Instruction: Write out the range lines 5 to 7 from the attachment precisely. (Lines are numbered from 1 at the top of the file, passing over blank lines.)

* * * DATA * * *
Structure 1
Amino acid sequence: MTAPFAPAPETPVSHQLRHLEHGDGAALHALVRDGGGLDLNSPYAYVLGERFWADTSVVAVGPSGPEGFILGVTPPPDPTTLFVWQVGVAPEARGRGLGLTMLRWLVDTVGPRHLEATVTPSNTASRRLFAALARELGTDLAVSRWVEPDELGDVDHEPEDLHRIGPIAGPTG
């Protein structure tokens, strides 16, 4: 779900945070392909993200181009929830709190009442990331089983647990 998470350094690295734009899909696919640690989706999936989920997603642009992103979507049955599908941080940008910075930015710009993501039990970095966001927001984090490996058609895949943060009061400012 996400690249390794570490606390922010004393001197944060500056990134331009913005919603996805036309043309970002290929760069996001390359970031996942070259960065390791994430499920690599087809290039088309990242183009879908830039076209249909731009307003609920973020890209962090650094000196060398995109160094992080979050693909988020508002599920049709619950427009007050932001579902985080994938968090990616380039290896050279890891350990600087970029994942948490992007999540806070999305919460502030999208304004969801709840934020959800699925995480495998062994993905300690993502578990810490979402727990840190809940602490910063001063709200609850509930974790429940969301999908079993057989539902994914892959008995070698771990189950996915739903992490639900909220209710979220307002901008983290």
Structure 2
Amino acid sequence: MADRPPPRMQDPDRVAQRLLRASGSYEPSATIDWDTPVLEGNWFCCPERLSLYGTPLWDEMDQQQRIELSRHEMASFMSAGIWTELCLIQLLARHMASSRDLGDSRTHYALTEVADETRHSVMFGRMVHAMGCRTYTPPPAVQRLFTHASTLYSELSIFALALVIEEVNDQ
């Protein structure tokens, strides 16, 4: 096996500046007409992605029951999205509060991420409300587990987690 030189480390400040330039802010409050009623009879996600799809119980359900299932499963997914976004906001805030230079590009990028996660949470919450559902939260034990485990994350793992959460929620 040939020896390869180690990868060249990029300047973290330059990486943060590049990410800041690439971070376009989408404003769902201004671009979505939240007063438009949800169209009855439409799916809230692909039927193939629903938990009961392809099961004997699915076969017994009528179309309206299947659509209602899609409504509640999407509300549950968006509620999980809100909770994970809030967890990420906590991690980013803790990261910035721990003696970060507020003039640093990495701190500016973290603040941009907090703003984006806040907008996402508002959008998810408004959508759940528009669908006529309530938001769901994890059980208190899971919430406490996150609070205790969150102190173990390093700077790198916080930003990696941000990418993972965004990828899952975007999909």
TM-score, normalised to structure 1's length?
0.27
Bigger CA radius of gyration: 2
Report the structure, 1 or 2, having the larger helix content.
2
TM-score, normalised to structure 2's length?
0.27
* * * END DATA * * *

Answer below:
Amino acid sequence: MADRPPPRMQDPDRVAQRLLRASGSYEPSATIDWDTPVLEGNWFCCPERLSLYGTPLWDEMDQQQRIELSRHEMASFMSAGIWTELCLIQLLARHMASSRDLGDSRTHYALTEVADETRHSVMFGRMVHAMGCRTYTPPPAVQRLFTHASTLYSELSIFALALVIEEVNDQ
């Protein structure tokens, strides 16, 4: 096996500046007409992605029951999205509060991420409300587990987690 030189480390400040330039802010409050009623009879996600799809119980359900299932499963997914976004906001805030230079590009990028996660949470919450559902939260034990485990994350793992959460929620 040939020896390869180690990868060249990029300047973290330059990486943060590049990410800041690439971070376009989408404003769902201004671009979505939240007063438009949800169209009855439409799916809230692909039927193939629903938990009961392809099961004997699915076969017994009528179309309206299947659509209602899609409504509640999407509300549950968006509620999980809100909770994970809030967890990420906590991690980013803790990261910035721990003696970060507020003039640093990495701190500016973290603040941009907090703003984006806040907008996402508002959008998810408004959508759940528009669908006529309530938001769901994890059980208190899971919430406490996150609070205790969150102190173990390093700077790198916080930003990696941000990418993972965004990828899952975007999909």
TM-score, normalised to structure 1's length?